San Juan Capistrano's boy pilot met the press Soviet style Tuesday, predicting his round-the-world voyage will have the impact of a summit on international relations but conceding that flying is "basically boring."
A day after landing in Moscow, 11-year-old Tony Aliengena clapped earphones on his head to listen to an interpreter field questions from more than three dozen journalists gathered in an auditorium of the Ministry of Foreign Affairs.
Why was he doing it? "I wanted to fly around the world," Tony replied. Was the trip difficult? "Flying is basically boring. Once you get in the air, you basically put the plane on autopilot." he explained.
But Tony's father, Gary, a licensed pilot and his son's co-pilot, noted that for half the trip, the autopilot didn't work until it was repaired in Oslo, Norway.
"I'm real proud of Tony," his father said. "He's a real strong boy. You asked if it was hard to fly. Yes, it was hard to fly. It's not easy to sit for hours and fly."
Gary Aliengena said he is concerned about the rest of the trip, which resumes Saturday, especially a 1,000-mile leg between cities.
"We will be very tight on fuel," he said but added that he was not overly worried by the terrain of mountains and forests. "See it like flying across the desert of California."
One reporter asked Tony if he thought the Friendship Flight would benefit the world, drawing the reply: "I think my flight will help as much as a summit meeting."
Today, the Aliengenas planned to unveil the 1,000-foot-long Friendship Scroll, bearing the signatures of 250,000 children, in Red Square if possible. The schedule also called for Tony to present 75,000 letters from U.S. schoolchildren to Soviet officials for relay to Soviet children.
Whether there would be a meeting with Soviet leader Mikhail S. Gorbachev, however, remained in doubt. Sergei Tchermeykh, an official of the Ministry of Civil Aviation whose 10-year-old son, Roman, is accompanying Tony around the world, said earlier that Gorbachev would see Tony if time permits. But he said Gorbachev was likely to be kept busy all week presiding over a session of the Supreme Soviet.
Gorbachev meeting or no, Gary Aliengena said at the press conference that he and his wife, Susan, would like to invite Tchermeykh and his wife to be in Orange County July 20 for the scheduled completion of Tony's around-the-world flight, which began at John Wayne Airport on June 5. Susan Aliengena and the couple's daughter, Alaina, are flying along.
Susan Aliengena told the press conference that she was enjoying the journey. "On this trip, I get to see Tony do it totally on his own," she said, referring to flying the plane. "If I didn't understand what Tony was doing in aviation, I would be worried. But since I do understand, I am not worried."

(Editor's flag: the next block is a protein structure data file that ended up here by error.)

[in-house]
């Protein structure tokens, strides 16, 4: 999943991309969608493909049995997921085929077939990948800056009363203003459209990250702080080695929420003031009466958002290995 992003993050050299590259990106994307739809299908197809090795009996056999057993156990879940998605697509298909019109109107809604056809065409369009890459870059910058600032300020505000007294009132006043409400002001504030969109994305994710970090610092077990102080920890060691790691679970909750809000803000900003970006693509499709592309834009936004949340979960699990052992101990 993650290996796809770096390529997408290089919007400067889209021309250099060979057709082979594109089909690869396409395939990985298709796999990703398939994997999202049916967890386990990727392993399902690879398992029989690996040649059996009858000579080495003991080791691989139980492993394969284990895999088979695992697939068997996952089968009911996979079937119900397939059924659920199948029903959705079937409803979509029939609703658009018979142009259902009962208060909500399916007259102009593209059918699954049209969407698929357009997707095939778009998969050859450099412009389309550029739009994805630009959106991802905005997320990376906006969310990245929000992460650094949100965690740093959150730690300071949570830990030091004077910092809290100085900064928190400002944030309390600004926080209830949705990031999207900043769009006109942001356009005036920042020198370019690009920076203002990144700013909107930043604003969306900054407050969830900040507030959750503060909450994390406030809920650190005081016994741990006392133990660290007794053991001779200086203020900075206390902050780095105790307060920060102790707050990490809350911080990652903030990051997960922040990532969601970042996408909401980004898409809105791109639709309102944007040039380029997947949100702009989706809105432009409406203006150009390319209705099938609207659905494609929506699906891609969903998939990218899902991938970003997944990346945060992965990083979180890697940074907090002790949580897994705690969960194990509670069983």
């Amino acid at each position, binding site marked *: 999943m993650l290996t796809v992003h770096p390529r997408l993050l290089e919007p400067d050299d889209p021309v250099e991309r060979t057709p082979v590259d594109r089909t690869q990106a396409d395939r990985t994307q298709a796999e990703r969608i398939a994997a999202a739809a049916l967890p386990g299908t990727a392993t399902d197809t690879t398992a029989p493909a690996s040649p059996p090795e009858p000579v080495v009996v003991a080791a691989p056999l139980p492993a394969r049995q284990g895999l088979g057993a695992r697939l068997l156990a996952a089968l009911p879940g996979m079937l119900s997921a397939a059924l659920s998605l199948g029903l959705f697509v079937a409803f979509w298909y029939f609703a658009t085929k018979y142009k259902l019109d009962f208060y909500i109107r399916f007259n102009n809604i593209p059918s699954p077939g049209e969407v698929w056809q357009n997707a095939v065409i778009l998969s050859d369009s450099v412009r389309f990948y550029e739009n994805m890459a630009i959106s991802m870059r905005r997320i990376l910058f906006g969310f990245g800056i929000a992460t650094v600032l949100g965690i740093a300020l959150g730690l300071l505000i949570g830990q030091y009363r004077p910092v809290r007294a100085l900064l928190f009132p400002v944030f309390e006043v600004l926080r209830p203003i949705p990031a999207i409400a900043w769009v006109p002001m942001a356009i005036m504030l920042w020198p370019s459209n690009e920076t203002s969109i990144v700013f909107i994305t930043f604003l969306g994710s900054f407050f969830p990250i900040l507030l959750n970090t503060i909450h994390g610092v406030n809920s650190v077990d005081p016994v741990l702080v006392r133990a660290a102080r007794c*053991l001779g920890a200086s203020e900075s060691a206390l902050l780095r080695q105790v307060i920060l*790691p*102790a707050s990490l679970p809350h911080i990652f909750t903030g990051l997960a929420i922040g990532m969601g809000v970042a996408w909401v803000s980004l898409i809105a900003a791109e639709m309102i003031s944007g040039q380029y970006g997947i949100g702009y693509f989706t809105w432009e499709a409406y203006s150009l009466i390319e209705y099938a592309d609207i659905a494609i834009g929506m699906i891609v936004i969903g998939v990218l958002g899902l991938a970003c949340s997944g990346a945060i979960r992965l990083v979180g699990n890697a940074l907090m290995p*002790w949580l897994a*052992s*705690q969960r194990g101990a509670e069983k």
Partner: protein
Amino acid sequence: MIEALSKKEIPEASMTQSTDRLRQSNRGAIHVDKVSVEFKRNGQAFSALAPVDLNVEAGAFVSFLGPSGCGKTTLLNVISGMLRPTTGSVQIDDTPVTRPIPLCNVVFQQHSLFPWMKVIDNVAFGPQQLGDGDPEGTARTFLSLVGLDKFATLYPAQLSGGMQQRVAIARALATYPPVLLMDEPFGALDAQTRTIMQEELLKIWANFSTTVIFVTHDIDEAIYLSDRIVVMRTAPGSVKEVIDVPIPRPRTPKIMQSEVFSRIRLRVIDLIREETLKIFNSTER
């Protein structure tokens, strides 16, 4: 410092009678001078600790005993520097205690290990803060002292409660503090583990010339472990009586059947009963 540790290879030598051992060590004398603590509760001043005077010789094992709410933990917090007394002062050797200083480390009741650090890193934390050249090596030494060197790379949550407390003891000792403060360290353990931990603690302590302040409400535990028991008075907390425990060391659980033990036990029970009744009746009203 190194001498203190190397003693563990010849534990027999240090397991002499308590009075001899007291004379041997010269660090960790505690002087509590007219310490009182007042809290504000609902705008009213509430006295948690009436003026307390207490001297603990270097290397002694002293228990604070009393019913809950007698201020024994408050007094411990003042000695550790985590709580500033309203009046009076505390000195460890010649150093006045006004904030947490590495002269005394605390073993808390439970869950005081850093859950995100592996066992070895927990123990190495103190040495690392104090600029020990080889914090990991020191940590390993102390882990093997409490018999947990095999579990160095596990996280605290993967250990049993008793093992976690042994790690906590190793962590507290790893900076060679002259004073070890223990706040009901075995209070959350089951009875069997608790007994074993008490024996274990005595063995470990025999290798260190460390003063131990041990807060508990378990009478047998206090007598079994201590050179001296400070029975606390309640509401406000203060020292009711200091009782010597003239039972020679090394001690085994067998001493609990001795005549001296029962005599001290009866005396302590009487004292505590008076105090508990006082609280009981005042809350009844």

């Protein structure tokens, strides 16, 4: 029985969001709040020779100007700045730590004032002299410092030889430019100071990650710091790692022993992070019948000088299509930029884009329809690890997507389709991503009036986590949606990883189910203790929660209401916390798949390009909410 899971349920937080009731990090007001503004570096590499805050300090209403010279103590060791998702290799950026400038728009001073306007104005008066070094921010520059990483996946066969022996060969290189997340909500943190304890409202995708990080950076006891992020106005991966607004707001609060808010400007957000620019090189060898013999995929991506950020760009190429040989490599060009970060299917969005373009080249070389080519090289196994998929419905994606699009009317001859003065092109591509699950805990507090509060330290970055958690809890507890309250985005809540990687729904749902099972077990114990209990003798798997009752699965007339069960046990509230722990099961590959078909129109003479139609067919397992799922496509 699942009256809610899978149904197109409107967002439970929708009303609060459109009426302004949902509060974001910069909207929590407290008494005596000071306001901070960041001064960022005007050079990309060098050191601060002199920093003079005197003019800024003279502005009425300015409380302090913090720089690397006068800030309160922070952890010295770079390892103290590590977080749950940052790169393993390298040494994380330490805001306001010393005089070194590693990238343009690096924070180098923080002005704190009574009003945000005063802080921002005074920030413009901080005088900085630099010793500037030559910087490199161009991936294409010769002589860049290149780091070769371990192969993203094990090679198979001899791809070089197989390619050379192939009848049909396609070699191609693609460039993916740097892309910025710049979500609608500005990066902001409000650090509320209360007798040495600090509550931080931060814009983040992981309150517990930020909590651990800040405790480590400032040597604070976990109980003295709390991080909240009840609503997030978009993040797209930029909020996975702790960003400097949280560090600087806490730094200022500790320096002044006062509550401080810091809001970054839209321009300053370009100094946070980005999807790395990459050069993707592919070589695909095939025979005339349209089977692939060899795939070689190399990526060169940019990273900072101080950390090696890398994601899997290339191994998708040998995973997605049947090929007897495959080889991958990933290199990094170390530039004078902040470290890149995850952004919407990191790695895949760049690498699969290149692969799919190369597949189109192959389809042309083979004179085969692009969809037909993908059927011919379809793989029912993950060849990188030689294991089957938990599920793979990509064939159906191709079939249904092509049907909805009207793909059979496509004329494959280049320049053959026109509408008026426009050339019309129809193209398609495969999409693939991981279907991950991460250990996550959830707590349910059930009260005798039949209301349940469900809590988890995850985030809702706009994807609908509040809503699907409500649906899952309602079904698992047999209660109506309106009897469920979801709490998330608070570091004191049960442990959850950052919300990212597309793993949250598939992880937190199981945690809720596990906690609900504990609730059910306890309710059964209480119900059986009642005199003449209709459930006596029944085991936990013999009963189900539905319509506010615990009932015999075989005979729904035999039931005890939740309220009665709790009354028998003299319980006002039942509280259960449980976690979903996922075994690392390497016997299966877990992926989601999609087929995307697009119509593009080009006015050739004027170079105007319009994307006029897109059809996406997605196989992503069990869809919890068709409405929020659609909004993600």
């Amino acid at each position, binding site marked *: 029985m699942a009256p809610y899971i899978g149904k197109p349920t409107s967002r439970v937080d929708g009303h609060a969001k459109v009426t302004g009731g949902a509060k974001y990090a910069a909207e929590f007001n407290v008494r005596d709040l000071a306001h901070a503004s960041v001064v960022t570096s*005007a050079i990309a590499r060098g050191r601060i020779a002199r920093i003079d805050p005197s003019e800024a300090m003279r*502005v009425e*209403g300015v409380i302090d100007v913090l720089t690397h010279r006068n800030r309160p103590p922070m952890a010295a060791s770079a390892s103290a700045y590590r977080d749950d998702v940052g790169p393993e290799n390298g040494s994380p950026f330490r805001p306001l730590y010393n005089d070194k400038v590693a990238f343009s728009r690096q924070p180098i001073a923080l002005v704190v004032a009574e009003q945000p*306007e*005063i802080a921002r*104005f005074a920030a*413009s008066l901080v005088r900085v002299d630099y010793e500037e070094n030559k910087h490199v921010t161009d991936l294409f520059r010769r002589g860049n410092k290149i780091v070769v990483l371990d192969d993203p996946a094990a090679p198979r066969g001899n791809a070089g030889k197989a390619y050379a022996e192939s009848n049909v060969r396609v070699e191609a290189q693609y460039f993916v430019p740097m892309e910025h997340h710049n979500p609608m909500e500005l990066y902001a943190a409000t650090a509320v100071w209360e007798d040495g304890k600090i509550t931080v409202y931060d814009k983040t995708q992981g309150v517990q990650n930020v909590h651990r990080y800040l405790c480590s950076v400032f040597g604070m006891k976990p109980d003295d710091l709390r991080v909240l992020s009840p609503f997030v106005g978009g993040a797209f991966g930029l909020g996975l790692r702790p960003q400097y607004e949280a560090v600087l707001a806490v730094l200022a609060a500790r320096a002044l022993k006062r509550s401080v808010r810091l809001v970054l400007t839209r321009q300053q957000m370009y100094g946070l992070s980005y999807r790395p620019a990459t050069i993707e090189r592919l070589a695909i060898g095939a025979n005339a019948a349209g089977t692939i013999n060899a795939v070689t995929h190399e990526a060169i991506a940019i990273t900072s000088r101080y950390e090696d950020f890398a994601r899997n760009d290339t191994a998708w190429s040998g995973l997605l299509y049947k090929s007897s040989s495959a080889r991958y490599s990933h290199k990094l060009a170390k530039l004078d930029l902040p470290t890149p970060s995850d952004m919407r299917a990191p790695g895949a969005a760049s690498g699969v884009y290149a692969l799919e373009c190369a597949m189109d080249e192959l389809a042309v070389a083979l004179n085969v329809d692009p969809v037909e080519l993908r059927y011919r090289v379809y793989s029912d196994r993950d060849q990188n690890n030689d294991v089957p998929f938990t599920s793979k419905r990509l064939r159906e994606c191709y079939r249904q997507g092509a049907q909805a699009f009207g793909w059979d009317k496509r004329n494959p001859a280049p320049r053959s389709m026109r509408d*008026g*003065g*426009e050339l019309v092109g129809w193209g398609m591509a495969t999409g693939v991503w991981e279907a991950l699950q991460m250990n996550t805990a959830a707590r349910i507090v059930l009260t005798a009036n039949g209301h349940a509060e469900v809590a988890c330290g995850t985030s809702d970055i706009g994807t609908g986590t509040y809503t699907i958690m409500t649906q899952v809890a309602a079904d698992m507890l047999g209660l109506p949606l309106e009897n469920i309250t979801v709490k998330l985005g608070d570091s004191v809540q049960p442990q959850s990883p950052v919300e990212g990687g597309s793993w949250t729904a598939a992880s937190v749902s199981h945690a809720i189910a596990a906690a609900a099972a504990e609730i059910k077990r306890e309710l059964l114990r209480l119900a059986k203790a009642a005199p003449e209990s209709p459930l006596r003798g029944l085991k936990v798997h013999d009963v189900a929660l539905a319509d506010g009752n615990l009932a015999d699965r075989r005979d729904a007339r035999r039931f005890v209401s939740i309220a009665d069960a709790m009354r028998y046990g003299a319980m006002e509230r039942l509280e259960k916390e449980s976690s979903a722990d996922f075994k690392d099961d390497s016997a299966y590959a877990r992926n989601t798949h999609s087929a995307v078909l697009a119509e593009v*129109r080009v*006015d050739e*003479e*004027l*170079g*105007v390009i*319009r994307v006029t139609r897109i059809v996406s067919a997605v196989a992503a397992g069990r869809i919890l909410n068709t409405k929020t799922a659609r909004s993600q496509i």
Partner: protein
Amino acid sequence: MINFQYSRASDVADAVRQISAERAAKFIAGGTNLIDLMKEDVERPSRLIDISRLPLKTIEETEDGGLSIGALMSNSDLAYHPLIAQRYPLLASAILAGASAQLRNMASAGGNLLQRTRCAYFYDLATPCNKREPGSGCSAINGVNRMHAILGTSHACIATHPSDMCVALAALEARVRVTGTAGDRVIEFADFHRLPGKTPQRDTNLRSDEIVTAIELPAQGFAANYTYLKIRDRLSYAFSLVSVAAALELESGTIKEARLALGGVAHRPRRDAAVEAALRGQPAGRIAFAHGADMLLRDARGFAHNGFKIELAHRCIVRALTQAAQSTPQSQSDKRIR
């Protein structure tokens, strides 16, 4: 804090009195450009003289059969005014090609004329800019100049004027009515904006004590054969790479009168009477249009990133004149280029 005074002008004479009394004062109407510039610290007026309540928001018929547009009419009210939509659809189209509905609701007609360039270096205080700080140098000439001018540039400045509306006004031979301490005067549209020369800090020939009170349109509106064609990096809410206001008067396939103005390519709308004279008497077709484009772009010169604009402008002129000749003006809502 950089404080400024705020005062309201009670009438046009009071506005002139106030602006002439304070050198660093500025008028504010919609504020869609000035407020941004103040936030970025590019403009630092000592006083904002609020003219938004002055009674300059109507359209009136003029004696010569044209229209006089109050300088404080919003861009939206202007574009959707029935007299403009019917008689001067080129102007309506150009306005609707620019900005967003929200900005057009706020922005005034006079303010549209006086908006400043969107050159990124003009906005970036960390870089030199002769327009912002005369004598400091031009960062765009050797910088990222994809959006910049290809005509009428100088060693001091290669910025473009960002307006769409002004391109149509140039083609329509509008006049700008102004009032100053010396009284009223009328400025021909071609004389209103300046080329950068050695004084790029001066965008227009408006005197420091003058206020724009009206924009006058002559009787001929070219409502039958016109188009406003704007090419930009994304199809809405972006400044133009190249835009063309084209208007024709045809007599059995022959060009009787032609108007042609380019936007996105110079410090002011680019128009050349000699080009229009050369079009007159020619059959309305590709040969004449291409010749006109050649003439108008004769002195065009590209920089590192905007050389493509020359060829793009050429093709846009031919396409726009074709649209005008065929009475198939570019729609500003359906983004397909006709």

Tony, who hopes to become the youngest person to fly around the world, last year became the youngest pilot to cross across the United States.
The Aliengena family, his father told Soviet journalists, uses its plane the way other families use a car.
"The children are always in our plane," he said.
Gennady Alferenko, founder and director of the Soviet Foundation for Social Invention, which is sponsoring the Soviet portion of the trip, conceded that problems still remain.
Normally, "we don't have enough gasoline" to refuel a plane in the cities where the Aliengenas will stop, Alferenko said. Extra supplies have been provided, but the entourage will face the strange experience of visiting cities where most Soviets are not normally allowed, let alone foreigners.
"This is very important to show that we are free and we are open," Alferenko said. "I am happy that our children can wake up and see that they are free. . . . We wanted to show that the notion of freedom is the same for Soviet kids and American kids."
Alferenko joked that conditions in some parts of the Soviet Union that Tony will see are so "primitive" that there are "cities with hotels without swimming pools."
In Moscow, the Aliengenas are in one hotel and the other members of the group are in another, the Hotel Moscow, to which they were moved Tuesday. The group arrived in Moscow Monday to find that the hotel reservations they were expecting had not been made. After a night spent with various host families around the city, the entourage was moved to the Hotel Moscow, which is usually reserved for members of the Supreme Soviet.
The hotel, across the street from Red Square, features numerous suites with pianos, among its other amenities.
One hitch that developed after the press conference and a four-hour banquet honoring Tony and featuring champagne and caviar involved a four-person film crew that has accompanied Tony from California.
Crew members arrived in the Soviet Union assuming that they would be able to cross the country to film their documentary on Tony's flight, only to be told that so far they have permission to go only as far as Moscow.
"I'll have to deal with this tomorrow at the Kremlin," Gary Aliengena said, hoping to get permission from top Soviet officials for the crew to continue the journey.
PICTURE, Part I, Page 1.